ARCHIVES Danyliw Seminar 2018
University of Manchester (UK)
Anna Balázs is a Hungarian anthropologist whose research focuses on the changing meanings of architecture and urban space in the post-socialist region. Currently, she is completing her PhD at the University of Manchester, in the United Kingdom. Her PhD research examines urban transformation in Mariupol following the start of the Donbas war.
The Decommunization of Everyday Life:
Transforming Soviet Legacy in an East Ukrainian Frontline Town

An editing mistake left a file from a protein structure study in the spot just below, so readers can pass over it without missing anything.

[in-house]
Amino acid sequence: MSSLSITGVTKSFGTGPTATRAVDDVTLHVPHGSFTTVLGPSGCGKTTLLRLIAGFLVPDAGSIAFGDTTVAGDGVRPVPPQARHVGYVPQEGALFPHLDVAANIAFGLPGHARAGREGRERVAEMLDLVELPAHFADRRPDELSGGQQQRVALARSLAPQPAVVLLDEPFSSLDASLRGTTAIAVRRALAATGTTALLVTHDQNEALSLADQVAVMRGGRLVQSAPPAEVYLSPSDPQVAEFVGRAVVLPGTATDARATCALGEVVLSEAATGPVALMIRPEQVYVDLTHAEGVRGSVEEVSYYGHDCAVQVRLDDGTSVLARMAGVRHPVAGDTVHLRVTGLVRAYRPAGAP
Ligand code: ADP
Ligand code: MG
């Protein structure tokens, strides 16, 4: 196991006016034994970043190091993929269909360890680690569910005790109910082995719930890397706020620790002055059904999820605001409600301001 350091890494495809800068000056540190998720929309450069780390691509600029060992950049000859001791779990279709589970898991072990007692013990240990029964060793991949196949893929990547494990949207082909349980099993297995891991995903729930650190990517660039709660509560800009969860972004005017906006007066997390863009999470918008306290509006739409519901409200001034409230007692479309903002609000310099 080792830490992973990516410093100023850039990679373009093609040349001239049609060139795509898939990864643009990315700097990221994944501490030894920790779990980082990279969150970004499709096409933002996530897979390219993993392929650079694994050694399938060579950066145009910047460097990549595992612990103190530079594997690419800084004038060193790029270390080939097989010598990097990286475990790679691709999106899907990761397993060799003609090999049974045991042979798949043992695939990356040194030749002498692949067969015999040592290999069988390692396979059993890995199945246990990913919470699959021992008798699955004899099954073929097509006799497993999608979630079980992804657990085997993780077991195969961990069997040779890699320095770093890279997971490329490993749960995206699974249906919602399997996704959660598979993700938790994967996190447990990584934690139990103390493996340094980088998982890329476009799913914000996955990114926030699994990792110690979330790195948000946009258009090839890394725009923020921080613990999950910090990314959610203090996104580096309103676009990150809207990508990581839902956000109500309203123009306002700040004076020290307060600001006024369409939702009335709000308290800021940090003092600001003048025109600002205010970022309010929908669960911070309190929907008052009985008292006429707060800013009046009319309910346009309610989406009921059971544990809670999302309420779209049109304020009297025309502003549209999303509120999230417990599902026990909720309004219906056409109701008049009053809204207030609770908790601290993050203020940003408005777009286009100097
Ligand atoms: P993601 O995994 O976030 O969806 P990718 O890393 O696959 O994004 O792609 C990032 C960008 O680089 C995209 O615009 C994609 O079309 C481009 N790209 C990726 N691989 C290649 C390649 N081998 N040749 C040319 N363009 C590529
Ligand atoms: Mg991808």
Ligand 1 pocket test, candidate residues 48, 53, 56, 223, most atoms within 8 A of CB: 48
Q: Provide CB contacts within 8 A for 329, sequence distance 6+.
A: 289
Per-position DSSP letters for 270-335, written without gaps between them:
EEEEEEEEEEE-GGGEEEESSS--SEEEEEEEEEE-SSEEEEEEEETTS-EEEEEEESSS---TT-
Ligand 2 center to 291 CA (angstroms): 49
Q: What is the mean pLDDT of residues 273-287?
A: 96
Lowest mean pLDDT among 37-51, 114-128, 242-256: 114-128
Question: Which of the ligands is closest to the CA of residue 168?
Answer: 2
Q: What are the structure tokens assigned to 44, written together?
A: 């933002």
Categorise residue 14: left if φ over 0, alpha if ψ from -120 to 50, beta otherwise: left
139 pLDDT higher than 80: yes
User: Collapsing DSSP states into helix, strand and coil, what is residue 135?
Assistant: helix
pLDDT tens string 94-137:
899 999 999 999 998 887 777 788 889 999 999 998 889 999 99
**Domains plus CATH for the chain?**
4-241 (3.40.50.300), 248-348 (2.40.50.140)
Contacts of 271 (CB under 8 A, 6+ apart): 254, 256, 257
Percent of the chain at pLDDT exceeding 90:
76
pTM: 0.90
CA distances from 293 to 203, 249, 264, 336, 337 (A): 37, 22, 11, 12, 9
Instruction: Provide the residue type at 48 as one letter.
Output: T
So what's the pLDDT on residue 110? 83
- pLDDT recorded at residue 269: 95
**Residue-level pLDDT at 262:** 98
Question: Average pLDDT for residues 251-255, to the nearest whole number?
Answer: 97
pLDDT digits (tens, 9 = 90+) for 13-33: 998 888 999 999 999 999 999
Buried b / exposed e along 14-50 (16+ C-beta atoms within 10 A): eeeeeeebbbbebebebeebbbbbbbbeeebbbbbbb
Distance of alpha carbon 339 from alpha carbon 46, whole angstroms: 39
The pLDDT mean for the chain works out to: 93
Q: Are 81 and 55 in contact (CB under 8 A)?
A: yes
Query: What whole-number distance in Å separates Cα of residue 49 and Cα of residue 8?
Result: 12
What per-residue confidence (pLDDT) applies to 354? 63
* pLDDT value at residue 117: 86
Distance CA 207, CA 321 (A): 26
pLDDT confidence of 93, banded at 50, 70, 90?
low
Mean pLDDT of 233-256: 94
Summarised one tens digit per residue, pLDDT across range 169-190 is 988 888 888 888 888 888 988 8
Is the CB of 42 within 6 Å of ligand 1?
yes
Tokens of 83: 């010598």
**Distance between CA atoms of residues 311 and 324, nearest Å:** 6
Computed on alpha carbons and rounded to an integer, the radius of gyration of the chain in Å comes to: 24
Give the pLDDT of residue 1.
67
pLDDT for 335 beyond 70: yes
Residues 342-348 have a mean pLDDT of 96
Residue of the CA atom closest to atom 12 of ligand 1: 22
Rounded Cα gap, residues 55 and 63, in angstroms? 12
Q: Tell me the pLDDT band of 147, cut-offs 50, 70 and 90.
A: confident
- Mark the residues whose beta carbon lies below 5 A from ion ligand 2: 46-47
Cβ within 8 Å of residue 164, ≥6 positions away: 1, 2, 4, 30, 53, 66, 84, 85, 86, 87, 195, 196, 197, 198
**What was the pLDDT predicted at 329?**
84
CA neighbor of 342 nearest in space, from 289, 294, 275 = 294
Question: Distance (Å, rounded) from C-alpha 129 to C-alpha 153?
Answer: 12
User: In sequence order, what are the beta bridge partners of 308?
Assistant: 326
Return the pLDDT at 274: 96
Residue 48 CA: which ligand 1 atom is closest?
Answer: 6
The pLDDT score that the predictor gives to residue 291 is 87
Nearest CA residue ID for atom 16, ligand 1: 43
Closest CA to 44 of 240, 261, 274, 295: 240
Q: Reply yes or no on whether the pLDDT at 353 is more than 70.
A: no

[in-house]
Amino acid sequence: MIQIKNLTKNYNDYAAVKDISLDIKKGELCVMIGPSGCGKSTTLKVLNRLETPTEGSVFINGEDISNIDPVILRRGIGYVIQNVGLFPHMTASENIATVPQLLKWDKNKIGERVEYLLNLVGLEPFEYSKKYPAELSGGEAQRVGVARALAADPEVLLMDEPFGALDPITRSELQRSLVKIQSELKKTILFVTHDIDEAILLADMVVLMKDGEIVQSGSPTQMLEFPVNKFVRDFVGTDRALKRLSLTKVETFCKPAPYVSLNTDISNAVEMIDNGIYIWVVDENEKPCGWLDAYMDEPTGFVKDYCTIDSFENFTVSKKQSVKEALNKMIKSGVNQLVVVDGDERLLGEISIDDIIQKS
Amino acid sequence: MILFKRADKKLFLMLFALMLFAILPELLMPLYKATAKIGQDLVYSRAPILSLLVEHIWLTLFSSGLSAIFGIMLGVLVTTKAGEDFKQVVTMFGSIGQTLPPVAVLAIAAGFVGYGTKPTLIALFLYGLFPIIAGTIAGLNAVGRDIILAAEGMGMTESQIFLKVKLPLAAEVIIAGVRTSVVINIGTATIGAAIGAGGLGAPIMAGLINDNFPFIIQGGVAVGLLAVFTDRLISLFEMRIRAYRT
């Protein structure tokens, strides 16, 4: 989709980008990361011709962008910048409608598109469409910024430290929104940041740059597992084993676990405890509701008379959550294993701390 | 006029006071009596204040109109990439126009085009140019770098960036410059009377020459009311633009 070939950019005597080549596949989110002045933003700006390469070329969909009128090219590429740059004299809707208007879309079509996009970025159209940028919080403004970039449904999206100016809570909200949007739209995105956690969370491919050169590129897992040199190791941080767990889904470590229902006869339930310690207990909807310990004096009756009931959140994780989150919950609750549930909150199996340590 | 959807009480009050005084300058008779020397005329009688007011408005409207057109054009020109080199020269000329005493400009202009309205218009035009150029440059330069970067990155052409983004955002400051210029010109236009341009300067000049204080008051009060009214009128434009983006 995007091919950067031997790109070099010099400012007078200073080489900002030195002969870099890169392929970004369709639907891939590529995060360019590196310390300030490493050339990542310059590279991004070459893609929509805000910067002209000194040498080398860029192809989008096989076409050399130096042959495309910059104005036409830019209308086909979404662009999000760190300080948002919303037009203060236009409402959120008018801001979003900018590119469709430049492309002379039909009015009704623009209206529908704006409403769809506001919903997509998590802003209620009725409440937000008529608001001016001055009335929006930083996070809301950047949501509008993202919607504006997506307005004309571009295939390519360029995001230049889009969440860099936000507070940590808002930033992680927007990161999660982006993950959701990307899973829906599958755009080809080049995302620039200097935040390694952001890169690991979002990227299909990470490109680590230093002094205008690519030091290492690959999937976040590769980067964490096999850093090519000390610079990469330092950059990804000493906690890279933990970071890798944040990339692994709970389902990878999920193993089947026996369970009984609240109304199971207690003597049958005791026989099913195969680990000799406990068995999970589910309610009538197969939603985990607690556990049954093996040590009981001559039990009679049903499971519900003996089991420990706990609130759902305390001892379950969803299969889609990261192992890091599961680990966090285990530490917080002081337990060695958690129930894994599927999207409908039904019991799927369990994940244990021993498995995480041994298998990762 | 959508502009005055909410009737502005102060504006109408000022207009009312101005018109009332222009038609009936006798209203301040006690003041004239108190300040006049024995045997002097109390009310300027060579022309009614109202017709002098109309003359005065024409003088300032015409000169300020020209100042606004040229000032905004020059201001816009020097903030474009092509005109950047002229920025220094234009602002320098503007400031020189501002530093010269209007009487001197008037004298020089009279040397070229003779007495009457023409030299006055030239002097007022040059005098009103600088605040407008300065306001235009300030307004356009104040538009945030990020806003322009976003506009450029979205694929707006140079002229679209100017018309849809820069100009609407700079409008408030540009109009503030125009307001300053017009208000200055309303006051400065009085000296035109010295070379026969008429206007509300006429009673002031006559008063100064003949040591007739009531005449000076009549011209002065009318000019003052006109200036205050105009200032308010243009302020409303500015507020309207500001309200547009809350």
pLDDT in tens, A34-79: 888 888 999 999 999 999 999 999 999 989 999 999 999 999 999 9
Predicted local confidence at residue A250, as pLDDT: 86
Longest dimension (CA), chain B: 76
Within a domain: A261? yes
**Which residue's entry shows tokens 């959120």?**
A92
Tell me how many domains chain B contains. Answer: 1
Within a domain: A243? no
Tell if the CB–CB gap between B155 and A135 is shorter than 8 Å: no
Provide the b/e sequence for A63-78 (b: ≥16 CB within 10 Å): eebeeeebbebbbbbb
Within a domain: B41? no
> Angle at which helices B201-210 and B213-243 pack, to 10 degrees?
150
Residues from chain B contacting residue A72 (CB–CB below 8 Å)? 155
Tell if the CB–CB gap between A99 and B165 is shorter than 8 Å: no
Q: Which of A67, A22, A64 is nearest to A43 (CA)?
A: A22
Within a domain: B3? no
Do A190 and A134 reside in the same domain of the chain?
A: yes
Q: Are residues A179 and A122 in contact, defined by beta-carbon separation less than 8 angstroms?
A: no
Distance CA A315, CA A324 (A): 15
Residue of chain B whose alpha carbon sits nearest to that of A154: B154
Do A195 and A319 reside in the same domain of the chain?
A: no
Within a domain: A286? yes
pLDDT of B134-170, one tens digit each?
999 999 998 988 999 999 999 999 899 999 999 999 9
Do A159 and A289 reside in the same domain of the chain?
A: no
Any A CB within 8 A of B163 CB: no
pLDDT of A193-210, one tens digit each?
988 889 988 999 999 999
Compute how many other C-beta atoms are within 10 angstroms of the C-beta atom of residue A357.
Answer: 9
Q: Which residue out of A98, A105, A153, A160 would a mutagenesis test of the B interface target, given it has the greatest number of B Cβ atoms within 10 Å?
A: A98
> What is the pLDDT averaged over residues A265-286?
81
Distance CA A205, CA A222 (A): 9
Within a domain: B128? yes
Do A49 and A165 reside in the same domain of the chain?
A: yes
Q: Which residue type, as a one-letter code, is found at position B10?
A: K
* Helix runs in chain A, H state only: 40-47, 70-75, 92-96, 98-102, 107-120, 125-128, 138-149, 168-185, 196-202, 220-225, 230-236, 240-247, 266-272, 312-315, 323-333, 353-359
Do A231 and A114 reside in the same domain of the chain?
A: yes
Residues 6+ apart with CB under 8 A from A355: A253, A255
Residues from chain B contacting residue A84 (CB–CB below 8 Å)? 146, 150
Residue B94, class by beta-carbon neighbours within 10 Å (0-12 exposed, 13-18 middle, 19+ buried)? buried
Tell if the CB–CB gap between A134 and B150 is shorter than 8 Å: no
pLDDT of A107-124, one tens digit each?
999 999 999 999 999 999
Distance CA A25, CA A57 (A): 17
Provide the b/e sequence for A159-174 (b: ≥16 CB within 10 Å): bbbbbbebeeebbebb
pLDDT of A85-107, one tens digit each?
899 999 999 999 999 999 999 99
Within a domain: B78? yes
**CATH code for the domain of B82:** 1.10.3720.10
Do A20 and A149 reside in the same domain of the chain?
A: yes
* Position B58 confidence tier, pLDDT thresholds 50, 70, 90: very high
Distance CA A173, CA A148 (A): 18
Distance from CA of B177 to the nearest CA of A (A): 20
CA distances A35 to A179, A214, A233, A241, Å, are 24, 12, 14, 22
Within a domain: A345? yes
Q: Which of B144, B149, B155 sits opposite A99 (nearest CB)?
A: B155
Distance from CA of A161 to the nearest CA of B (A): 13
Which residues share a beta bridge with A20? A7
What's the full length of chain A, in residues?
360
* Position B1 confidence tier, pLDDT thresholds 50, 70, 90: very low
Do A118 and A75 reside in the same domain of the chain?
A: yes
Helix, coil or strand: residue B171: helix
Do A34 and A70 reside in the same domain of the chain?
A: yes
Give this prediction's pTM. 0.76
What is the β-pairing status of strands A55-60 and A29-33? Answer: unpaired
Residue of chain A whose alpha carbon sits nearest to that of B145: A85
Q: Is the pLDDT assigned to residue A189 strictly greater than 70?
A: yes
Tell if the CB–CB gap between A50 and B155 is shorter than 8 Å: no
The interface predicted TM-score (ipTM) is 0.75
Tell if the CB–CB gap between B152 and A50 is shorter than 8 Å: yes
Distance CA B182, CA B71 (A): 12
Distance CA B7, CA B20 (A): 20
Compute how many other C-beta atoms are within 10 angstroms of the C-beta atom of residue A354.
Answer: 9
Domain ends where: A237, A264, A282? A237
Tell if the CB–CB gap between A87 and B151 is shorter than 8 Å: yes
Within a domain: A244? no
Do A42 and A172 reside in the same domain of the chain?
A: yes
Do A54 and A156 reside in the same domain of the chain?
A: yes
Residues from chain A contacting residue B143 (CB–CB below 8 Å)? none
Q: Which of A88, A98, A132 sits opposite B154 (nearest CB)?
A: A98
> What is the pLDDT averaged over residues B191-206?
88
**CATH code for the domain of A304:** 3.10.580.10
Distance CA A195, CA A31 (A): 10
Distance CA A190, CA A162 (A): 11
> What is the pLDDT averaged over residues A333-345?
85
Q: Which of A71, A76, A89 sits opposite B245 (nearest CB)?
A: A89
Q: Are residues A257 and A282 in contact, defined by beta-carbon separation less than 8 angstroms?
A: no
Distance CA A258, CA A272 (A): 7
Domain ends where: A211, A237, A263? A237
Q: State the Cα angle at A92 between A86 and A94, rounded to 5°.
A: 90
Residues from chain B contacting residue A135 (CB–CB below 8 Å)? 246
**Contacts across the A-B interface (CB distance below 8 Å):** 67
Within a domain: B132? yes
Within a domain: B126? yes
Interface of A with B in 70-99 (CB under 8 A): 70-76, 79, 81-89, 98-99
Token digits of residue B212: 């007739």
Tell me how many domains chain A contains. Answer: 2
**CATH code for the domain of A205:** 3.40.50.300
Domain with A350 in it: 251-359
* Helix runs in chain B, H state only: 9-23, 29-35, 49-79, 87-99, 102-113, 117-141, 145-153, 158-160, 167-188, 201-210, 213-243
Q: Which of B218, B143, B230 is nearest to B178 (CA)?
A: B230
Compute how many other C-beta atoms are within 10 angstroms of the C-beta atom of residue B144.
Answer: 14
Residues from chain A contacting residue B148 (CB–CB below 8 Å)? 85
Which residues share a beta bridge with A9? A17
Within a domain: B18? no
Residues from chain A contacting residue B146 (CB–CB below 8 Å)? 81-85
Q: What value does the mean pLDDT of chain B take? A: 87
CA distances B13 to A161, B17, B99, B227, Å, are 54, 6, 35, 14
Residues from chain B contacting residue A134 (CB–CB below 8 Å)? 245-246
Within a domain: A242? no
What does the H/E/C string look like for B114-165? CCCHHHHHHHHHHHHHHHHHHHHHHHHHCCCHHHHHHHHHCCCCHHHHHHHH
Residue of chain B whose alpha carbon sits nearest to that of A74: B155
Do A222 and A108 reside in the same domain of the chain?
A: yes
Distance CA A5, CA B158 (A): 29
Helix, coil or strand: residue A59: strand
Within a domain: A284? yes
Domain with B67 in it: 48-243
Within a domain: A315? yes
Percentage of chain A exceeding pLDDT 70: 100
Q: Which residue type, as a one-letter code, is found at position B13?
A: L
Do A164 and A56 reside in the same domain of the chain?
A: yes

Through a study of decommunization in the industrial town of Mariupol, this paper examines the social transformation of post-Maidan Ukraine in the context of the militarized eastern periphery. Due to Mariupol’s marginal economic and geopolitical position within independent Ukraine, the post-socialist changes of the 1990’s had a limited impact on Mariupol’s urban space. The outbreak of the Donbas conflict presented the citizens of Mariupol with a new imperative to reflect on both the lingering legacy of the Soviet period and the city’s future development. This paper presents ethnographic evidence about the subtle ways in which the legacy of the Soviet system was inscribed in the practical structures of everyday life in Mariupol. It then shows how the Ukrainian government’s 2015 de-communization laws challenged these structures. Indeed, decommunization laws are a symbolic attempt by the Ukrainian state to present an official narrative and a unified national policy regarding the Soviet past. Focusing on the experiences of retired steelworkers in Mariupol, the paper deconstructs notions of “Soviet” identity and legacy into more tangible concepts connected to workplace, labour and community.